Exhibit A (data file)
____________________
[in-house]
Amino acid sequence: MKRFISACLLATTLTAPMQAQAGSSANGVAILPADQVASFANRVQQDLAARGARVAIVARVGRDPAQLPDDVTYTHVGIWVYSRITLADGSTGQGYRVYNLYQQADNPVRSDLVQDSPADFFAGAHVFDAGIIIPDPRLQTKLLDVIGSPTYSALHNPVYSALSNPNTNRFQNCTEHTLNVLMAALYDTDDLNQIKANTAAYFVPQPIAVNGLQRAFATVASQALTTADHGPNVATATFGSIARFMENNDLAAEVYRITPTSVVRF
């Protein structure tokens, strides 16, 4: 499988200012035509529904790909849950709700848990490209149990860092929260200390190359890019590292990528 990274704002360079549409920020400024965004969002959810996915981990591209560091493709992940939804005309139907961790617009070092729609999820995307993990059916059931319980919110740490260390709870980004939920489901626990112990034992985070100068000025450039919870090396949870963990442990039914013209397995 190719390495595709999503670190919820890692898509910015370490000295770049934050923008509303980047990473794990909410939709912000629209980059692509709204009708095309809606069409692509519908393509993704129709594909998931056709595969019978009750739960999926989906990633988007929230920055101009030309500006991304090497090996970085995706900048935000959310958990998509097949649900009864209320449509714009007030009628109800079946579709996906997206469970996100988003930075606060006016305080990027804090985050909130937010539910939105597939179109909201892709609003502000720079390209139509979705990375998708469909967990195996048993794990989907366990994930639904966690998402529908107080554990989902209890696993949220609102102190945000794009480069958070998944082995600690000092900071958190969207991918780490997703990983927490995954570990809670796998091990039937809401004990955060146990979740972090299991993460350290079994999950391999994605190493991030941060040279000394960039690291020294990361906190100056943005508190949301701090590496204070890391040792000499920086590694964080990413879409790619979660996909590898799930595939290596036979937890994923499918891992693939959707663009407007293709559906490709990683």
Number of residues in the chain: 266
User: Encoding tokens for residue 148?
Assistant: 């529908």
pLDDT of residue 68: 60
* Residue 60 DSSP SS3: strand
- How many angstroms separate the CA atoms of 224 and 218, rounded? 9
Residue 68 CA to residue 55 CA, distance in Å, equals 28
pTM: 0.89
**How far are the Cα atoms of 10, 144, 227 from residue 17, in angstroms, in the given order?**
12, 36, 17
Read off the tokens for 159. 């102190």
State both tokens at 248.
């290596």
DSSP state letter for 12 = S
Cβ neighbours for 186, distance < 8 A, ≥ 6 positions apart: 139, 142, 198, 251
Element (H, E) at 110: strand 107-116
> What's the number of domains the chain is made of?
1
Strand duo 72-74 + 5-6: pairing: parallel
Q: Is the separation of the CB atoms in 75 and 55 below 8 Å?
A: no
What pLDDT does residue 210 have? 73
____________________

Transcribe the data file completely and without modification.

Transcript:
[in-house]
Amino acid sequence: MKRFISACLLATTLTAPMQAQAGSSANGVAILPADQVASFANRVQQDLAARGARVAIVARVGRDPAQLPDDVTYTHVGIWVYSRITLADGSTGQGYRVYNLYQQADNPVRSDLVQDSPADFFAGAHVFDAGIIIPDPRLQTKLLDVIGSPTYSALHNPVYSALSNPNTNRFQNCTEHTLNVLMAALYDTDDLNQIKANTAAYFVPQPIAVNGLQRAFATVASQALTTADHGPNVATATFGSIARFMENNDLAAEVYRITPTSVVRF
């Protein structure tokens, strides 16, 4: 499988200012035509529904790909849950709700848990490209149990860092929260200390190359890019590292990528 990274704002360079549409920020400024965004969002959810996915981990591209560091493709992940939804005309139907961790617009070092729609999820995307993990059916059931319980919110740490260390709870980004939920489901626990112990034992985070100068000025450039919870090396949870963990442990039914013209397995 190719390495595709999503670190919820890692898509910015370490000295770049934050923008509303980047990473794990909410939709912000629209980059692509709204009708095309809606069409692509519908393509993704129709594909998931056709595969019978009750739960999926989906990633988007929230920055101009030309500006991304090497090996970085995706900048935000959310958990998509097949649900009864209320449509714009007030009628109800079946579709996906997206469970996100988003930075606060006016305080990027804090985050909130937010539910939105597939179109909201892709609003502000720079390209139509979705990375998708469909967990195996048993794990989907366990994930639904966690998402529908107080554990989902209890696993949220609102102190945000794009480069958070998944082995600690000092900071958190969207991918780490997703990983927490995954570990809670796998091990039937809401004990955060146990979740972090299991993460350290079994999950391999994605190493991030941060040279000394960039690291020294990361906190100056943005508190949301701090590496204070890391040792000499920086590694964080990413879409790619979660996909590898799930595939290596036979937890994923499918891992693939959707663009407007293709559906490709990683």
Number of residues in the chain: 266
User: Encoding tokens for residue 148?
Assistant: 């529908």
pLDDT of residue 68: 60
* Residue 60 DSSP SS3: strand
- How many angstroms separate the CA atoms of 224 and 218, rounded? 9
Residue 68 CA to residue 55 CA, distance in Å, equals 28
pTM: 0.89
**How far are the Cα atoms of 10, 144, 227 from residue 17, in angstroms, in the given order?**
12, 36, 17
Read off the tokens for 159. 């102190």
State both tokens at 248.
């290596």
DSSP state letter for 12 = S
Cβ neighbours for 186, distance < 8 A, ≥ 6 positions apart: 139, 142, 198, 251
Element (H, E) at 110: strand 107-116
> What's the number of domains the chain is made of?
1
Strand duo 72-74 + 5-6: pairing: parallel
Q: Is the separation of the CB atoms in 75 and 55 below 8 Å?
A: no
What pLDDT does residue 210 have? 73